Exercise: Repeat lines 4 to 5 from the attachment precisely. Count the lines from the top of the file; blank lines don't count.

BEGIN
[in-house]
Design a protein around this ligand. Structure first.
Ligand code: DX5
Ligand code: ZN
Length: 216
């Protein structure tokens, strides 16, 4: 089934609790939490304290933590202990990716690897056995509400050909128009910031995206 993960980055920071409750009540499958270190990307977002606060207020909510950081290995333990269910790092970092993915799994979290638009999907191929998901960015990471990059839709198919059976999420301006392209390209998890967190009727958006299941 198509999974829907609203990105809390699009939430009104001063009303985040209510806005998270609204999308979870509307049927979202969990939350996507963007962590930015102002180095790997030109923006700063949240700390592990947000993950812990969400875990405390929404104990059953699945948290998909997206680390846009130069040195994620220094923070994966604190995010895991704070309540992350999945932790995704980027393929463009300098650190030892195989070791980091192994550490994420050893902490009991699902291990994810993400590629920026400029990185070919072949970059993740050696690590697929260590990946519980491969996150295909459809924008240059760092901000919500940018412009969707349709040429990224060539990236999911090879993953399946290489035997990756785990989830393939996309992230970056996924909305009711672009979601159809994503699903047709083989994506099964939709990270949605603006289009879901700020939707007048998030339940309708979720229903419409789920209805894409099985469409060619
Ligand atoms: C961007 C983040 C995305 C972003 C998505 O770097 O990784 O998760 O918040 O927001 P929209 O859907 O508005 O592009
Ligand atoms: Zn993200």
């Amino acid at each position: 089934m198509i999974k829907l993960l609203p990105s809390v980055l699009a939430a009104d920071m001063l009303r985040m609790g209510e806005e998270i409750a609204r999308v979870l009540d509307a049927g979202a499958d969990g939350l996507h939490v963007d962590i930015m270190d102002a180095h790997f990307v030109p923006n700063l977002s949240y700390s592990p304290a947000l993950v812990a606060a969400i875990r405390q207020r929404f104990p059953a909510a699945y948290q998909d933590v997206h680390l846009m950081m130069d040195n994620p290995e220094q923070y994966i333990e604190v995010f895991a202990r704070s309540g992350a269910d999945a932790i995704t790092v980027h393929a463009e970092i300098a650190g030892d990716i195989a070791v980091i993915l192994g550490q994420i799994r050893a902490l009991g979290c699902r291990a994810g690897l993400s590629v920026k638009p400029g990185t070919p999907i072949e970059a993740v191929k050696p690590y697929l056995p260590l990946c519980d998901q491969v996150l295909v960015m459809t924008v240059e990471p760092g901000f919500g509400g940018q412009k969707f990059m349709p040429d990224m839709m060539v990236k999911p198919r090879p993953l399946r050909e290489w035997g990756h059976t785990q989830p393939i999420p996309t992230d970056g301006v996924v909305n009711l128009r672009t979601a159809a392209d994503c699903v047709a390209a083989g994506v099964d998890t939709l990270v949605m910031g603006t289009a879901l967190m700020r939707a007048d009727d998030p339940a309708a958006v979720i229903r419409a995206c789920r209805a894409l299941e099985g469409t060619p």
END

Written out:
Ligand code: ZN
Length: 216